For as long as I can remember, anxiety has played a massive role in my life. I can barely think a time where it hasn’t at least lurked somewhere in the background, threatening to rear it’s ugly head.
Most of the time, you’d never know it. I believe “high functioning” is the term used to describe it, meaning the majority of the time I can get through a day without any obvious issues or falling apart into the stereotypical anxious wreck that people tend to conjure up images of when you mention you have this. Instead I appear together, efficient, busy, organised, controlling…
I’ve struggled with it privately for many years. Thanks to the stereotypes and the misplaced shame our society associates with hidden illnesses like this one, I wasn’t confident about admitting to it. Being anxious is for people who are weak and can’t cope right? It was something I wanted to hide and pretend wasn’t happening to me.
A few months ago I came across this blog by Sarah Schuster on The Mighty Site and I felt an instant connection with her words. Finally someone was able to explain how I was feeling and the impact it had on my every day. I realised I wasn’t alone and it gave me the courage to speak up and talk to people about the constant worry; the late nights lying in bed unable to quieten my busy mind; the not being sure if my concern was rational or a symptom of this illness; the panic attacks over seemingly small things that my body reacted to as though I was about to die. You see, anxiety is a mental illness, but what people fail to realise is that it has many physical aspects. Increased heartrate, shallow, panicked breathing, increased temperature, flushing, sweating and shaking. You body responds to stimuli in an extreme manner and it’s not at all pleasant.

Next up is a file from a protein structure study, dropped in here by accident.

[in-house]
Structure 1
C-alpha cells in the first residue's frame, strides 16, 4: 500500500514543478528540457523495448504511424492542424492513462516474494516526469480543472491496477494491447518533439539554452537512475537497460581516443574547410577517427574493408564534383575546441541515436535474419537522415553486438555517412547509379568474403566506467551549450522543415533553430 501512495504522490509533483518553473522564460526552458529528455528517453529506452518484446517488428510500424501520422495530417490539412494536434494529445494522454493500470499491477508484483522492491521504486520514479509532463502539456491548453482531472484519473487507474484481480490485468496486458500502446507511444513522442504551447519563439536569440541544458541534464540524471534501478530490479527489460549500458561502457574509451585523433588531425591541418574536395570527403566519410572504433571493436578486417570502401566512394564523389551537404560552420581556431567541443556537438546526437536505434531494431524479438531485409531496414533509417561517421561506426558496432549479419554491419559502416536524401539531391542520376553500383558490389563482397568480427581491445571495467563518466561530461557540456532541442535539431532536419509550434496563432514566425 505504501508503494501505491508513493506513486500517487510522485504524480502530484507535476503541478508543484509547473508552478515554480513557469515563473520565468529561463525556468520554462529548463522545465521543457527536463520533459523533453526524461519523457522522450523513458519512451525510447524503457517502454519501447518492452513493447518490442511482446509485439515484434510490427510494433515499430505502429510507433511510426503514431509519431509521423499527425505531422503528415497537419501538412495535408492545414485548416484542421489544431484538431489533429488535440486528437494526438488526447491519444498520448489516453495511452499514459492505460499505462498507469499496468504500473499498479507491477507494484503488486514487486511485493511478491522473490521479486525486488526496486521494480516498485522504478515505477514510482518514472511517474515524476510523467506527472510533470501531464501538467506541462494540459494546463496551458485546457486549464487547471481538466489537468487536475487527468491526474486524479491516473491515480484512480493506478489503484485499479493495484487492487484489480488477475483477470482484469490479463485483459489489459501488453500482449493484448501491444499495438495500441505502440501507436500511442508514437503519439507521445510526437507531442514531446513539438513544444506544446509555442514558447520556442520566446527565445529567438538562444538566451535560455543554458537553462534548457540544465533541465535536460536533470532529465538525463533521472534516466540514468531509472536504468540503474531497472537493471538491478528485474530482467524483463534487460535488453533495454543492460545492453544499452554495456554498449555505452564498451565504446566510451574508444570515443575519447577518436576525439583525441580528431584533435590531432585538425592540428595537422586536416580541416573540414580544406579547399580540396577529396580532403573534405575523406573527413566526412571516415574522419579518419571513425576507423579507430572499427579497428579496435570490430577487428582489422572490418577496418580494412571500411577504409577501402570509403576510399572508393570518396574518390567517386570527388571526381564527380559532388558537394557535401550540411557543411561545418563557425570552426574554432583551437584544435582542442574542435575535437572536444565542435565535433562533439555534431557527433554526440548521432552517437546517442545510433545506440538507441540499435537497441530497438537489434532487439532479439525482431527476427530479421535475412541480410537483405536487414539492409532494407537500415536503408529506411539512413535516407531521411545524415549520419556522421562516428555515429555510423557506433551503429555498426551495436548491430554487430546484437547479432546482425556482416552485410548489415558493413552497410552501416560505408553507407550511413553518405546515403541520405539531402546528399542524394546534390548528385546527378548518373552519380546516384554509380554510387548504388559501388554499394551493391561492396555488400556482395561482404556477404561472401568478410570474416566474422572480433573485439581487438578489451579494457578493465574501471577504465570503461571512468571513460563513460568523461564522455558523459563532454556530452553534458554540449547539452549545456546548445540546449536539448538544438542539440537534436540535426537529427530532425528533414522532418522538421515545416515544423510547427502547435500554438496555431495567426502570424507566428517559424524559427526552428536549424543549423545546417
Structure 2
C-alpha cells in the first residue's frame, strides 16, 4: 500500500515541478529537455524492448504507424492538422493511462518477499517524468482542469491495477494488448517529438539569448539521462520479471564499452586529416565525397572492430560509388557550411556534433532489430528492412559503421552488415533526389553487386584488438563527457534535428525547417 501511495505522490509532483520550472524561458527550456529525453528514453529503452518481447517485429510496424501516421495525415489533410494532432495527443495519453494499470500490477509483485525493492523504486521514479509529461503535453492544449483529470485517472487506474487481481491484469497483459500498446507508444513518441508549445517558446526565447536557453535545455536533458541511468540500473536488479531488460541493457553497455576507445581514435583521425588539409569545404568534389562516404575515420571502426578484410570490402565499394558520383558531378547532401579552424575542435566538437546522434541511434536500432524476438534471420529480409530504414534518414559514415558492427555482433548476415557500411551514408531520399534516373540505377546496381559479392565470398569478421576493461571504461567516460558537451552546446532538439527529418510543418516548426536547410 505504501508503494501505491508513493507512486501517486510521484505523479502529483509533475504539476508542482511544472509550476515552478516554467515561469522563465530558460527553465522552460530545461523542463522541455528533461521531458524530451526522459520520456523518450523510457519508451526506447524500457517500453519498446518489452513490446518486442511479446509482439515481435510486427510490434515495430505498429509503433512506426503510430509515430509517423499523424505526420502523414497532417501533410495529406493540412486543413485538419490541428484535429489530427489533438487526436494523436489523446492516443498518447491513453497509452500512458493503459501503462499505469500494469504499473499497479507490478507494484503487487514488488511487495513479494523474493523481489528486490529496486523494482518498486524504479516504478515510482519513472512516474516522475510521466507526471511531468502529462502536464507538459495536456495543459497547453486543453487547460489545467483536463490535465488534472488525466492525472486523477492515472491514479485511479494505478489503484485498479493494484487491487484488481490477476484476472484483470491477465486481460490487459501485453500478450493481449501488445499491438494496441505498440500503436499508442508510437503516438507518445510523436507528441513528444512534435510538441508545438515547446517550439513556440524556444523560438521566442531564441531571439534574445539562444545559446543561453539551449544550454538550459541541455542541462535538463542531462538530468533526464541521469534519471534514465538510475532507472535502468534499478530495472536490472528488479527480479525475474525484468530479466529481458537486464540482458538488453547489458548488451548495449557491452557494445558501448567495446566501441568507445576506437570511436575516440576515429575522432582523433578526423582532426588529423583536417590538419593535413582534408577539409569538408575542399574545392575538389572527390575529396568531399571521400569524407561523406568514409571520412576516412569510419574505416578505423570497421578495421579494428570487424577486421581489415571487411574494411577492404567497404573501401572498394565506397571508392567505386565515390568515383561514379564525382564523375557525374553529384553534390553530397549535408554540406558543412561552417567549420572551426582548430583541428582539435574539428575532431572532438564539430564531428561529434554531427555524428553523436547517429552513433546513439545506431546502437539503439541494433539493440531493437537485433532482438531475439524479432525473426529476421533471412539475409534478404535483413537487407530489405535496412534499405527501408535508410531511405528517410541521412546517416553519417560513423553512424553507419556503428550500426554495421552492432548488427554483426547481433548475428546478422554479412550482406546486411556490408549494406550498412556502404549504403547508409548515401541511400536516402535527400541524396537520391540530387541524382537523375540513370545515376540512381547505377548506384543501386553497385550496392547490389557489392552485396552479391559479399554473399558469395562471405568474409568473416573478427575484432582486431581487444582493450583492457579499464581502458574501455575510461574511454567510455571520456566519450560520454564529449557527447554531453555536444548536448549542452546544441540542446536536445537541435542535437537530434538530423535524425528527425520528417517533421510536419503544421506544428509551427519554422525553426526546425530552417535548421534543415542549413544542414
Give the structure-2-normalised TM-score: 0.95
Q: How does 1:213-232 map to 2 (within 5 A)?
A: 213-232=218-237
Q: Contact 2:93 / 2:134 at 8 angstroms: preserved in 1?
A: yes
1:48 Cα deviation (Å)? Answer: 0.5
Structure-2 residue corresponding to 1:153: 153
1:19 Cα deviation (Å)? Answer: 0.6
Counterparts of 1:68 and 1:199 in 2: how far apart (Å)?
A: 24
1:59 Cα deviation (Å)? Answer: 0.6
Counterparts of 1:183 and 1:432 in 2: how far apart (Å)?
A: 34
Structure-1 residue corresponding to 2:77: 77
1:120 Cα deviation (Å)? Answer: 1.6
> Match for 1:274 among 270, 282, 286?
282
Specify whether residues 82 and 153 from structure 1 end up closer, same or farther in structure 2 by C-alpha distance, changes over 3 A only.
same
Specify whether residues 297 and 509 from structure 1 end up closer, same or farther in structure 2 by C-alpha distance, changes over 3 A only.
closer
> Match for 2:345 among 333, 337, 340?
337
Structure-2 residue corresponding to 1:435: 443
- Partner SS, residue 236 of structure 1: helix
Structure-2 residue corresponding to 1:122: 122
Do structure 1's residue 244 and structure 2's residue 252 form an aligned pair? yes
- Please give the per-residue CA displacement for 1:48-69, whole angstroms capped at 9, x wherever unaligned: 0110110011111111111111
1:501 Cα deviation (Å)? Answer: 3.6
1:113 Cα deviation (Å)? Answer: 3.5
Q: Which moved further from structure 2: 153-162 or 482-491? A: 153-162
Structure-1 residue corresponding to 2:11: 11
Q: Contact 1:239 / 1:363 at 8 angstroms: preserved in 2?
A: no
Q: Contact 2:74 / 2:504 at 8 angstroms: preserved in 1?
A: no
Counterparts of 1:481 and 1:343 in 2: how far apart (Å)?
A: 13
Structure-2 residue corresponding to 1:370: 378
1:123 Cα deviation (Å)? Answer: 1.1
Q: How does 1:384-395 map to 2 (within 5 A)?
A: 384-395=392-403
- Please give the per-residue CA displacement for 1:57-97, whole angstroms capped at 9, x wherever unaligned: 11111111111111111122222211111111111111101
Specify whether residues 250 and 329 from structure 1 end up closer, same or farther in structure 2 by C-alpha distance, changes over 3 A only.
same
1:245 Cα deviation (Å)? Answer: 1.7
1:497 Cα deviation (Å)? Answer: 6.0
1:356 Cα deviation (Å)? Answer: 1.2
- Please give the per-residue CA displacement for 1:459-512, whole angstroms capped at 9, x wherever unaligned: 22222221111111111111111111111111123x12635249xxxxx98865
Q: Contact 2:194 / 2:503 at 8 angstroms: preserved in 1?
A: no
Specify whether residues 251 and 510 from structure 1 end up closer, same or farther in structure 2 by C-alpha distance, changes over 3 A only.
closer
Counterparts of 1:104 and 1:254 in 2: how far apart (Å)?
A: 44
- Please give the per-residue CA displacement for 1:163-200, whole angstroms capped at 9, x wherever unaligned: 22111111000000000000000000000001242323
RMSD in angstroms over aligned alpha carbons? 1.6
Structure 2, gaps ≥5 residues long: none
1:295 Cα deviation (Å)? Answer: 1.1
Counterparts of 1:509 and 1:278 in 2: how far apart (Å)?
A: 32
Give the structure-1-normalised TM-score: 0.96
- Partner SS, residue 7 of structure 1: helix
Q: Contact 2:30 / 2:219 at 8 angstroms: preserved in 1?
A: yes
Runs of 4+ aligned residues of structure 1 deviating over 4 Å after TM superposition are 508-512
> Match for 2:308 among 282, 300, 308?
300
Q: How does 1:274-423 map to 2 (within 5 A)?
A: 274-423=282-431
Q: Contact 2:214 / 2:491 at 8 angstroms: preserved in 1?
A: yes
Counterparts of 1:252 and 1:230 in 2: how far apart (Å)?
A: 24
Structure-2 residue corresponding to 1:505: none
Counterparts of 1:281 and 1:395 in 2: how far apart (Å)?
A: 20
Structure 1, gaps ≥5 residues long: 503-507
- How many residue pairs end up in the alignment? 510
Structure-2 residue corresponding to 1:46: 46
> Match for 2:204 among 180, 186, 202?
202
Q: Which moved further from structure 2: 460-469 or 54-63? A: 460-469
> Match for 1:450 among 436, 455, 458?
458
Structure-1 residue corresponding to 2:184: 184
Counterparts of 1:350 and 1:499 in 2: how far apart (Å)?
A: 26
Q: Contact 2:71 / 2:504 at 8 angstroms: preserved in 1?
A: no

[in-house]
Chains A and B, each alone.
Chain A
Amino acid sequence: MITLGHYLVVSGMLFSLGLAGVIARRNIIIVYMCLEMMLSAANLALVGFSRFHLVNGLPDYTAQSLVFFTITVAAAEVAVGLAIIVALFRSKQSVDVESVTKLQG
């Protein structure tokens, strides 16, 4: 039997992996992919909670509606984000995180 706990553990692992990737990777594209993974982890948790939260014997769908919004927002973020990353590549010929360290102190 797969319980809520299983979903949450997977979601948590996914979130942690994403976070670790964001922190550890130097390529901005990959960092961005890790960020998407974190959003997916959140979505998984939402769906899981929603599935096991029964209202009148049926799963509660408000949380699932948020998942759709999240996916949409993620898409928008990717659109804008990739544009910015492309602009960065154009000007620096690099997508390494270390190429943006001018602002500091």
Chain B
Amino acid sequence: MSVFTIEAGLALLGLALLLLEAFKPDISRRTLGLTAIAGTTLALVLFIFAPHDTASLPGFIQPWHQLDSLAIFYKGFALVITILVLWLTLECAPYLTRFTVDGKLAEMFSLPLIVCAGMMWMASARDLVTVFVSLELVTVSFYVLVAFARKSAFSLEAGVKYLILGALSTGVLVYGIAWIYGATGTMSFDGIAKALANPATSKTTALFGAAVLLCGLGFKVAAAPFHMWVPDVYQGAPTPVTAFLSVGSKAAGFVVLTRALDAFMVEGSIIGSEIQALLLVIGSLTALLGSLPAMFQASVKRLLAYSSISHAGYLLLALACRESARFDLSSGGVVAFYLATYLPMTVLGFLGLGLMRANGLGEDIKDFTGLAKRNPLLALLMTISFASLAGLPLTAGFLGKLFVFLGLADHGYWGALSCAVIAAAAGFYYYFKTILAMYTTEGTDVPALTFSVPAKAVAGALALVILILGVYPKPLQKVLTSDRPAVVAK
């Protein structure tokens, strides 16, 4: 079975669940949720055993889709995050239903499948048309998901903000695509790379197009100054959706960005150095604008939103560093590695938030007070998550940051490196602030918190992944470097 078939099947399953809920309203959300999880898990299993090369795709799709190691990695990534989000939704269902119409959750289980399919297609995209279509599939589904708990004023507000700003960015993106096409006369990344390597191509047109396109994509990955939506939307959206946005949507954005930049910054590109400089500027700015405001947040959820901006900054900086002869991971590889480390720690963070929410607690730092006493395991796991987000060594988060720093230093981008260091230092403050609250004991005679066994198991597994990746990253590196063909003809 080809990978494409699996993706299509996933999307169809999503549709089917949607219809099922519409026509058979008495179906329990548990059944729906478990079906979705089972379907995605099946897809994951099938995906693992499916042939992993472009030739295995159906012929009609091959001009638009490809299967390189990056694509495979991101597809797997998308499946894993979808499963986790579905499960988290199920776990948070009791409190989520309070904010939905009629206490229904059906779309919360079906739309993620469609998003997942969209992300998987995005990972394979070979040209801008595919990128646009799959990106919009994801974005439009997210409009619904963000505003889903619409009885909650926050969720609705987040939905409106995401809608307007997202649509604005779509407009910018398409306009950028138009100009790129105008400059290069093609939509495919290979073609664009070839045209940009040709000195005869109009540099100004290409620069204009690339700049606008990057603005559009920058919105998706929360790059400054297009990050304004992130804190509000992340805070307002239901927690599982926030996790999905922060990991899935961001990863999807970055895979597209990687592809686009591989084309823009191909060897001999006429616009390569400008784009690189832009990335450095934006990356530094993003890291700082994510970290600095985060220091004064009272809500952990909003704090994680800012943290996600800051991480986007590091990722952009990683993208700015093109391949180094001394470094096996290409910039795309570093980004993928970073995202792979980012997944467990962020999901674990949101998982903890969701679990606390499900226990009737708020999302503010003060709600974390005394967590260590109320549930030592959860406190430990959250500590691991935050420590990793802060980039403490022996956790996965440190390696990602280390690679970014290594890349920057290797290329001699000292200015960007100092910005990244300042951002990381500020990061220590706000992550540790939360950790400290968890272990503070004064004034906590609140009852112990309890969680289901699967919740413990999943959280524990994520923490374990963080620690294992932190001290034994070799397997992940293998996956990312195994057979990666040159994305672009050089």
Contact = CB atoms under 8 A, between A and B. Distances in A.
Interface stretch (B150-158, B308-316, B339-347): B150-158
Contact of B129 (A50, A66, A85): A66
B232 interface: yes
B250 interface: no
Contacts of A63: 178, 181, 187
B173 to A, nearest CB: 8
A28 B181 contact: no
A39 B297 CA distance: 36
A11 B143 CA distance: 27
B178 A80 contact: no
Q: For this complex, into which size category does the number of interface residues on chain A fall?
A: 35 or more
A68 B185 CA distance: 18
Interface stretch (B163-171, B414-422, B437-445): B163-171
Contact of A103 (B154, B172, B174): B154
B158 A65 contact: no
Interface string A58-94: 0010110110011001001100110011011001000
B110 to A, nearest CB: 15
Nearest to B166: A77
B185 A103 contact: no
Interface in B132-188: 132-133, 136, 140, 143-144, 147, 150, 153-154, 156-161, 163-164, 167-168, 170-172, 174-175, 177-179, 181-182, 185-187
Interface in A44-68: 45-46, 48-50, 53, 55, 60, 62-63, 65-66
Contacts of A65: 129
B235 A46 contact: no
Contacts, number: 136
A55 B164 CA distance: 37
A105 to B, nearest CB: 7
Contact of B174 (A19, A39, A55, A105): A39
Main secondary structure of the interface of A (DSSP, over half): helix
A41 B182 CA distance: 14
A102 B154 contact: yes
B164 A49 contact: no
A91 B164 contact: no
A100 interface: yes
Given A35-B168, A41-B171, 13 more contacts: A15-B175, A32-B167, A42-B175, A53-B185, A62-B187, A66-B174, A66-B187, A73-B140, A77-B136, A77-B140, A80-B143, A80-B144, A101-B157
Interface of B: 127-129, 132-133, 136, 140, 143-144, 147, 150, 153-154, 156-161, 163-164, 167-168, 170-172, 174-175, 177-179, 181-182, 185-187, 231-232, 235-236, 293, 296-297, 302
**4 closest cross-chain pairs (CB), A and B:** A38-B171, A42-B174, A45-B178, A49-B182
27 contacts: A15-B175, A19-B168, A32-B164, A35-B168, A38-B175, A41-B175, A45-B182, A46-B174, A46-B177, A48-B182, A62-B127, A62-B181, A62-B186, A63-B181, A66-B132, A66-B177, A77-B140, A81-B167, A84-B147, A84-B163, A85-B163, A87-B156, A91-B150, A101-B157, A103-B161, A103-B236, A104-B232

We learn to avoid these panic attacks by planning and controlling as much as we can. We fill the quiet times by keeping busy so our overactive mind doesn’t run away with itself. Small things can become overwhelming, so we work out our triggers and avoid them or change things to avoid setting a panic off.
I was surprised to find so many people who had been feeling the same way. So many people who felt they had to hide this for fear of being judged by others or made to feel like they can’t cope. People who are extremely successful in all walks of life also suffer from anxiety and find ways around it but unless you suffer from it, you wouldn’t necessarily know their struggle.
So I decided to start a new photography project. Facing Anxiety aims to help people find a way to stand up to their anxiety and find support with likeminded people who understand what they are going through. To show people who don’t struggle with this illness that the stereotypes are wrong and misinformed, that people they’d never suspect have this are fighting a daily battle.
One of the issues I have thanks to my anxiety, is feeling as though I’m not enough. Like I always need to be and do more. Here’s a shot I took a few years back. Something I need to remember more often.
If you are interested in taking part in this project and are based in Glasgow (or nearby) or in Frankfurt, please get in touch. I would love to speak to you about getting involved.